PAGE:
Other risk factors for headache and migraine found in the study included:

  • having a family income of less than $35,000 per year
  • being unemployed
  • being ages 18 to 45
  • being an older, disabled adult

Risk factors for hypothyroidism

According to the National Institute of Diabetes and Digestive and Kidney Diseases (NIDDK), key risk factors for developing hypothyroidism include:

  • Gender. Women are more likely to develop thyroid issues than men.
  • Age. People over 60 years old are more likely to have thyroid disease.
  • Genes. Having a family history or a previous thyroid problem, such as a goiter, increases the chances that a person will develop hypothyroidism.
  • Past medical treatments. Receiving radiation, radioactive iodine, antithyroid medications, or thyroid surgery can increase your risk of hypothyroidism.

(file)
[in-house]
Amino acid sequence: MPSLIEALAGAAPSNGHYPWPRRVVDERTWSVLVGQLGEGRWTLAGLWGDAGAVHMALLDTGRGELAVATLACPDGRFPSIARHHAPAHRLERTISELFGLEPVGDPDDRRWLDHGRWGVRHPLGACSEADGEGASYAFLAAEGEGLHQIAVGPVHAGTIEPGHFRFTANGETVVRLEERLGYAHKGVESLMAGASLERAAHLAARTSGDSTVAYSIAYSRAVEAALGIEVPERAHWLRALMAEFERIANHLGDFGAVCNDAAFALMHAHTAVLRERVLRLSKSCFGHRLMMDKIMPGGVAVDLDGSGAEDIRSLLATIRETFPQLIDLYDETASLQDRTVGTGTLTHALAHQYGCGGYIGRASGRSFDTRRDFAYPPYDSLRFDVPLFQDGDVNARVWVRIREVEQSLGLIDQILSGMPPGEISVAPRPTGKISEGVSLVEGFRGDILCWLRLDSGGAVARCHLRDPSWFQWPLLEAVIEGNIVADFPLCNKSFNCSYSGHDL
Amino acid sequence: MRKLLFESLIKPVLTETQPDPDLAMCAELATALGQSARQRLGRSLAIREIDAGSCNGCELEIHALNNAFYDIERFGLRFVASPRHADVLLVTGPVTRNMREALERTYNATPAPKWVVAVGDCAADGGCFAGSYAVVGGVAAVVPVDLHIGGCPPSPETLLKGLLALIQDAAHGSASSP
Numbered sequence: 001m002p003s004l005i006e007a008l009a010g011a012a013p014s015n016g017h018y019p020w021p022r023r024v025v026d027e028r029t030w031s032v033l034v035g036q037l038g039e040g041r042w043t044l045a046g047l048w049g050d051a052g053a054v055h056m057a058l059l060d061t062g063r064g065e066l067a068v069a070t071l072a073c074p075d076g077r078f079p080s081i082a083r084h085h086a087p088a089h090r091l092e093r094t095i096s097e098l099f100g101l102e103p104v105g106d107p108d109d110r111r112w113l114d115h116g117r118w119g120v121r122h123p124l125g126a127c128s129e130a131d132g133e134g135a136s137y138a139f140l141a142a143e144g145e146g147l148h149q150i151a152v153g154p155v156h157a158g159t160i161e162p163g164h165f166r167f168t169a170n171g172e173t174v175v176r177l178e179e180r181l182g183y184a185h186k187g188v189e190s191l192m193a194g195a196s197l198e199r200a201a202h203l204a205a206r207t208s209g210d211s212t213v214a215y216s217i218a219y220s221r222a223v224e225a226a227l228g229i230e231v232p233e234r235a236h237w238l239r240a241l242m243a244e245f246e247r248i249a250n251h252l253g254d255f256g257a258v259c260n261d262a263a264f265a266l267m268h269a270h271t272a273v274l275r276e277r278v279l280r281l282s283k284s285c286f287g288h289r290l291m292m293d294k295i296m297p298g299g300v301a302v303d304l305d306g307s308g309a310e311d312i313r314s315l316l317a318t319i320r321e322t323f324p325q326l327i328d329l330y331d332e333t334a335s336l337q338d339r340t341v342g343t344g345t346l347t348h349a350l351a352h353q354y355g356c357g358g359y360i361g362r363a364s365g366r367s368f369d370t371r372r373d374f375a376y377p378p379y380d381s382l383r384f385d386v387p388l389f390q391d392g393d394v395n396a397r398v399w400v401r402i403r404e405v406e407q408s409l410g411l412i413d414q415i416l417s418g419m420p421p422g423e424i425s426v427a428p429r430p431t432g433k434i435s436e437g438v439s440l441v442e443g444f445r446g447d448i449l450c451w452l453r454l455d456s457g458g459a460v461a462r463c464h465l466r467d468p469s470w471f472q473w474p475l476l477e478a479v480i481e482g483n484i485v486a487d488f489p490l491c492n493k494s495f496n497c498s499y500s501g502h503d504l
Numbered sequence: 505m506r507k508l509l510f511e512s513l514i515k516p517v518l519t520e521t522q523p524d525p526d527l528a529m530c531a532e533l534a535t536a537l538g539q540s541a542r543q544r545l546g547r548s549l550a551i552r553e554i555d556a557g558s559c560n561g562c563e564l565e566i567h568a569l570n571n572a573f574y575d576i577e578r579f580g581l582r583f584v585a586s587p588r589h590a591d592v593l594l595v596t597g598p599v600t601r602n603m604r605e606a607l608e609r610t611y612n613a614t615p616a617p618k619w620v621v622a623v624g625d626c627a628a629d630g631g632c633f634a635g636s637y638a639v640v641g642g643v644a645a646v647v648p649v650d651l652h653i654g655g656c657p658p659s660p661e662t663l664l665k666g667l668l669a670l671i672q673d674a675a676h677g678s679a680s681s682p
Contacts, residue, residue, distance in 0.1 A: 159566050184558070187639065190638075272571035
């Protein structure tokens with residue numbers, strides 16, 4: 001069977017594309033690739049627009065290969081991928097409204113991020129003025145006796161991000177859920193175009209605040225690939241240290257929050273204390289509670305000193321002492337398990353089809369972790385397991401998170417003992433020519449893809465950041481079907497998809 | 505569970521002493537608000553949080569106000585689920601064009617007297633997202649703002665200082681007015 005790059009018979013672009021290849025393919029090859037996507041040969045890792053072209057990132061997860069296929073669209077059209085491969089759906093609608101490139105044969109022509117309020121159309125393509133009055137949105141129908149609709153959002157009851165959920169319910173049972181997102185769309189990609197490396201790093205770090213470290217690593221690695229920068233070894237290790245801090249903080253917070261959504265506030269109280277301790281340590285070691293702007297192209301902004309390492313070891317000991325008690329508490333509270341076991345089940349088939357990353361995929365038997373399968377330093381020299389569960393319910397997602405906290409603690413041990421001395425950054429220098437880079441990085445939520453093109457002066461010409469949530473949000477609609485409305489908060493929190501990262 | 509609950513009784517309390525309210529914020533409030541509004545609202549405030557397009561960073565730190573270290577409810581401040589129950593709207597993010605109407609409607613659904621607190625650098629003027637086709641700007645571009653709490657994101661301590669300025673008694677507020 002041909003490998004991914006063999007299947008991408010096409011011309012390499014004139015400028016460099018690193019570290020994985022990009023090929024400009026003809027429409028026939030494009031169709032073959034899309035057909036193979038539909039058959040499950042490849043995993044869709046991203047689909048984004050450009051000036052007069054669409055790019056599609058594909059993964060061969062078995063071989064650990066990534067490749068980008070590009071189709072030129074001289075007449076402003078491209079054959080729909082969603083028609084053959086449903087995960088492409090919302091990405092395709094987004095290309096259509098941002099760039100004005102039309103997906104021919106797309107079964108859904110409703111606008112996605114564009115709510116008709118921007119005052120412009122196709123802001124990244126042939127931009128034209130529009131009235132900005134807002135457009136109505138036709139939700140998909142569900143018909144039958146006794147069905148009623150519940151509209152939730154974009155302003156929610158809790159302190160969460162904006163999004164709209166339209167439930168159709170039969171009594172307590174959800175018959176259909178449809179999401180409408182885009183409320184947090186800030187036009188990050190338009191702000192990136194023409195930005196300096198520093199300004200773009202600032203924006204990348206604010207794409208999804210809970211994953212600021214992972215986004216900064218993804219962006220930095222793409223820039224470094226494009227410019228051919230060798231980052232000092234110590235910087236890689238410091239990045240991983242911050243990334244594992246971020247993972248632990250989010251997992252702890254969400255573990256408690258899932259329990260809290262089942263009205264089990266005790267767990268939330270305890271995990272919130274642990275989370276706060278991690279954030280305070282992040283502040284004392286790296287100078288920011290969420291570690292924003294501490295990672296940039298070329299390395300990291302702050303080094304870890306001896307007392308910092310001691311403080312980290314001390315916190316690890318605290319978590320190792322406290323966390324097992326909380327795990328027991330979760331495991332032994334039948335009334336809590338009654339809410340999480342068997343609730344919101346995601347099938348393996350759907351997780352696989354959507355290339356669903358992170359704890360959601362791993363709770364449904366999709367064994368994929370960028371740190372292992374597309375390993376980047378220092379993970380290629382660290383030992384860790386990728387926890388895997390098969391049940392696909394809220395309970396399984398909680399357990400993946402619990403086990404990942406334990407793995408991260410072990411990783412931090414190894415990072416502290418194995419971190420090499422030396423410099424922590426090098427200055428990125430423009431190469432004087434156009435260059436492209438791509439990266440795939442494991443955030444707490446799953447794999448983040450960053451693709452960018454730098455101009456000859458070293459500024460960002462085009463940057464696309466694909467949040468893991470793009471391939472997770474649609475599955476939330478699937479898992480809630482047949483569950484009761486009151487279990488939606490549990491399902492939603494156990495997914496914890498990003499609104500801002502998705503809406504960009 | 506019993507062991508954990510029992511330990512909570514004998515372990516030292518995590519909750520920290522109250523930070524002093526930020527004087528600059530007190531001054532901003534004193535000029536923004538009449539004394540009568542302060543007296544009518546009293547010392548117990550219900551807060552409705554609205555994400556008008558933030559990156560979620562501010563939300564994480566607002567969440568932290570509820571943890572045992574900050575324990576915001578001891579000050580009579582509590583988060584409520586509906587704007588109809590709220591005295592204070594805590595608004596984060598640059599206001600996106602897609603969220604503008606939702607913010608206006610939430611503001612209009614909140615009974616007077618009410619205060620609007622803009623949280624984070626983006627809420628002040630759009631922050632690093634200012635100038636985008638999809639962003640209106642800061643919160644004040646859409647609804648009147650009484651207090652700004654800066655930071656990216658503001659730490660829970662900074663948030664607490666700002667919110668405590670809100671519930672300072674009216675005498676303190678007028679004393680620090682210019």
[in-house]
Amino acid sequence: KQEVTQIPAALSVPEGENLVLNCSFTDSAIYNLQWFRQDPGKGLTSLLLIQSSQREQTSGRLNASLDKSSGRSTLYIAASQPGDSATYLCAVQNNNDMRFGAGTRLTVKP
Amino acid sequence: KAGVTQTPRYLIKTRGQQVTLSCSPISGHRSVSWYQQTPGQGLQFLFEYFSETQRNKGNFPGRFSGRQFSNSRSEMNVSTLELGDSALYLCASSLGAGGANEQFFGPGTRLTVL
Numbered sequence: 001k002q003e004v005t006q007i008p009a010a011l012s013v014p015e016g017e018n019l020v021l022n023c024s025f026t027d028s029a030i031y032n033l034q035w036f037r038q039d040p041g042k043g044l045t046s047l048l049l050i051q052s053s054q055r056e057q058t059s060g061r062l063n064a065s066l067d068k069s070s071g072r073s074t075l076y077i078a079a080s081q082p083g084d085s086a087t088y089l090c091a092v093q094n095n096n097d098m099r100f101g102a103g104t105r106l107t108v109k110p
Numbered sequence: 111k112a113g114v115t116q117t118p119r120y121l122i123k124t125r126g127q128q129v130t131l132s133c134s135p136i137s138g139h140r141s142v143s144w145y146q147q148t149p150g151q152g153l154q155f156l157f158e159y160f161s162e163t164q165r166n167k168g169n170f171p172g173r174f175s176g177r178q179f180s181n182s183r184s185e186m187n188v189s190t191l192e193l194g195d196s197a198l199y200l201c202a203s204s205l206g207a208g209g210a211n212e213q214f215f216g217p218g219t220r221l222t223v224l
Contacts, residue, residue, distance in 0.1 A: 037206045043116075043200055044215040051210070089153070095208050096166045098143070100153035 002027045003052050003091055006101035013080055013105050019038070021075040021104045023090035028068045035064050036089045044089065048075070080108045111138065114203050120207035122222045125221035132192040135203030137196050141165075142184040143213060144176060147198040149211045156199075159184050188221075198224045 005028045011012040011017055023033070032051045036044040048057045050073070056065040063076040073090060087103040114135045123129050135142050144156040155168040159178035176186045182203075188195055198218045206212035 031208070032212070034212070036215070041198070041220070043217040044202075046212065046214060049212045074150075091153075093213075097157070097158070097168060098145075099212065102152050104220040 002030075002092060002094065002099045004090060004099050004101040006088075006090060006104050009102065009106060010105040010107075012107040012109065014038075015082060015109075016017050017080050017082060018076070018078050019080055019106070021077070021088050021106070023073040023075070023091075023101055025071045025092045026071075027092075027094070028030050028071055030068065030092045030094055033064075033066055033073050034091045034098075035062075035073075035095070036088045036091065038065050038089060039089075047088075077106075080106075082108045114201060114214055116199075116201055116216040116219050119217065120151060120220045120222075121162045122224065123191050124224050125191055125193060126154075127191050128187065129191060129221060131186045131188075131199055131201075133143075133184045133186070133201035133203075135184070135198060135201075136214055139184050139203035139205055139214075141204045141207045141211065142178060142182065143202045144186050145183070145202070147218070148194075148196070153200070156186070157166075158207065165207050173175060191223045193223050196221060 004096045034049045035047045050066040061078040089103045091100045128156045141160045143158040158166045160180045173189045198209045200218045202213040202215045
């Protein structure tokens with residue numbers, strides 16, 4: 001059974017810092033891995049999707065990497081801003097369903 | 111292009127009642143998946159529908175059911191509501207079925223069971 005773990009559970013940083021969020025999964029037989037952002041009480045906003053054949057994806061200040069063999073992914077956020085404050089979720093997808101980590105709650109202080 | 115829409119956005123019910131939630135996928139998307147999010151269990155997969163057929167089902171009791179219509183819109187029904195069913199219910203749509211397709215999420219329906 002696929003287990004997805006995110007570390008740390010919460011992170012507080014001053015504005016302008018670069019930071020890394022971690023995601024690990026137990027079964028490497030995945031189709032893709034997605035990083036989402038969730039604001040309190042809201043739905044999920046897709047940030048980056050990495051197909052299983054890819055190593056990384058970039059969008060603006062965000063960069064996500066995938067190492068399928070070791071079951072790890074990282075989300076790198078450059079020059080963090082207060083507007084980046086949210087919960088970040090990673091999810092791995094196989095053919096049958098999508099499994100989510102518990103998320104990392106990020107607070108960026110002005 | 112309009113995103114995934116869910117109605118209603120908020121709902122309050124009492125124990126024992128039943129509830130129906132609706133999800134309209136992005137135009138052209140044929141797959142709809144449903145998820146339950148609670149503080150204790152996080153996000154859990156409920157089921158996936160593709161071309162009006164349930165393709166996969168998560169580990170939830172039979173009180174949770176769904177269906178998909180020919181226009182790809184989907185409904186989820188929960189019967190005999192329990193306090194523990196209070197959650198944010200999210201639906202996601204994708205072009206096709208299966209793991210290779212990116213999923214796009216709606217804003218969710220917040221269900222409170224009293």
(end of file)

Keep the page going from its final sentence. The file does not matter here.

• Recent pregnancy. Delivering a baby within the past 6 months may increase a person’s risk of hypothyroidism.

A note on gender

Migraine and hypothyroidism can affect anyone, regardless of sex or gender. However, certain hormones can affect risk factors.

Research indicates female people and those assigned female at birth are more likely to experience both migraine and hypothyroidism. However, these risk factors may differ if you are on hormone replacement therapy.

If you’re experiencing symptoms of migraine, hypothyroidism, or both, talk with your doctor. They can help put together a treatment approach that’s individualized to your health needs.

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Recognizing the symptoms of migraine and thyroid disease can help you and your doctor better assess your condition.

Migraine symptoms

Migraine is a primary headache disorder. Primary headaches are when the headache itself is the health condition. Secondary headaches are symptoms of another health condition, such as an injury or illness.

While migraine is considered a type of headache disorder, it isn’t just bad headaches. Migraine is a complex neurological disease that causes many symptoms. A headache is only one of them.